2-28-11 UPDATE: We have received notice from our attorney that Komen has dropped their opposition to our trademark application. Our application is now back at the USPTO going through the process. If all goes well, we should receive our “mark” in 1-3 months. Thank you NBC (and MaryAnn Tighe) for your bringing our case to the forefront!
Mush for the Cure began five years ago and what a journey it’s been! The inaugural event started with just four women raising $2,500 and has since grown to over 50 participants, not to mention 755 Facebook fans, and over $70,000 donated to national breast cancer charities. We’re proud of our history and excited by our momentum as we head into our fifth annual event this March. That being said, you may hear a little buzz about us in the news, and we wanted to provide some information to our friends and followers.
Since we were growing, we were advised to submit an application to the United States Patent and Trademark Office to trademark our name. We were surprised and saddened that our application was opposed by Susan G. Komen Foundation disputing the use of the phrase “for a cure”. Many organizations use this phrase to represent what we’re all trying to do – working together to find a cure. Other examples include Kites for a Cure, Athletes for a Cure, and Cruisin’ For a Cure. Many of these organizations also have heard from Komen, with claims surrounding the use of the phrase (for a cure or for the cure) and the color pink (the brand has arguably has made it synonymous with breast cancer awareness).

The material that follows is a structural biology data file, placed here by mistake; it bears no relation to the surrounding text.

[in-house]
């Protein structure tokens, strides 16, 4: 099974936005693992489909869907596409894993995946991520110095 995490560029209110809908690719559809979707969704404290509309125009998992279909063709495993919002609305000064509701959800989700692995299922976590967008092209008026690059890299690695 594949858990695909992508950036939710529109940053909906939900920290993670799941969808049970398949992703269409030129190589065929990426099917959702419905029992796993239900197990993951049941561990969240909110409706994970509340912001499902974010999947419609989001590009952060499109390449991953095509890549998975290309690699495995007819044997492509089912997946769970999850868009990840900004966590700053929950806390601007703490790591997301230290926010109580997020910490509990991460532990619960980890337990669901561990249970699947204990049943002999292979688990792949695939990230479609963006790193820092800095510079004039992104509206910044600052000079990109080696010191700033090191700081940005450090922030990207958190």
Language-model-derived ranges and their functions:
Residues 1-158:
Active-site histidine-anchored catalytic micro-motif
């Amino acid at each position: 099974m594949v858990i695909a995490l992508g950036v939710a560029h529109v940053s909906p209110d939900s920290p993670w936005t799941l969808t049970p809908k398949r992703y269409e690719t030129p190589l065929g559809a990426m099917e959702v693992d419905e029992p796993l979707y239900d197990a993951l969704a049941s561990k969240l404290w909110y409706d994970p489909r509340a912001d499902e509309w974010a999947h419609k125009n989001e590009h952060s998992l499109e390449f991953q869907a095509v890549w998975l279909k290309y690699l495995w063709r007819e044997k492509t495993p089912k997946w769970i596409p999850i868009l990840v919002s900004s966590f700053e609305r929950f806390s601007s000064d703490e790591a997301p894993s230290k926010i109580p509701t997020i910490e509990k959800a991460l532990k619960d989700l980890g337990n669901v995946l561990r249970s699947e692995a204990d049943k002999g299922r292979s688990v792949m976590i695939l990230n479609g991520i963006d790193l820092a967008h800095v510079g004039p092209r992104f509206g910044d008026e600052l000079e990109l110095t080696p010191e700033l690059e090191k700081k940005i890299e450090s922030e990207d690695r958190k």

Susan G. Komen Foundation is considered the global leader of the breast cancer movement, reportedly investing nearly $1.5 billion since it began in 1982. The nonprofit is registered as Susan G Komen For The Cure®. All subsequent events and programs fall under this umbrella and also are trademarked: Race for the Cure; Marathon For The Cure; American Airlines Miles for the Cure; etc. They are widely recognized as a leader in the fight against breast cancer, and we respect and value their contributions to the cause. We understand that they have a brand to uphold and strong brands need to have controls in place. Our frustration lies in the fact that we all share a common end goal, and the process, rules and stipulations their organization doesn’t seem to reflect this.
While opposing our application is not technically considered a lawsuit, it will cost us money in legal fees if we chose to fight them- money that we don’t have to spend and would rather spend on continuing our work than a lawsuit. We are currently exploring our options, one of which includes finding a pro bono attorney. We, too, want to protect our brand! We won’t know where this appeal will take us. But what we do know is that we have proudly donated over $70,000 breast cancer charities through our event and, regardless of name or color, we will continue on our mission to raise awareness of and raise funds to find a cure for breast cancer.
We’ll keep you updated and look forward to seeing you in March to help us surpass our $100,000 goal.
Susan Prom and Mary Black
Mush for a Cure co-founders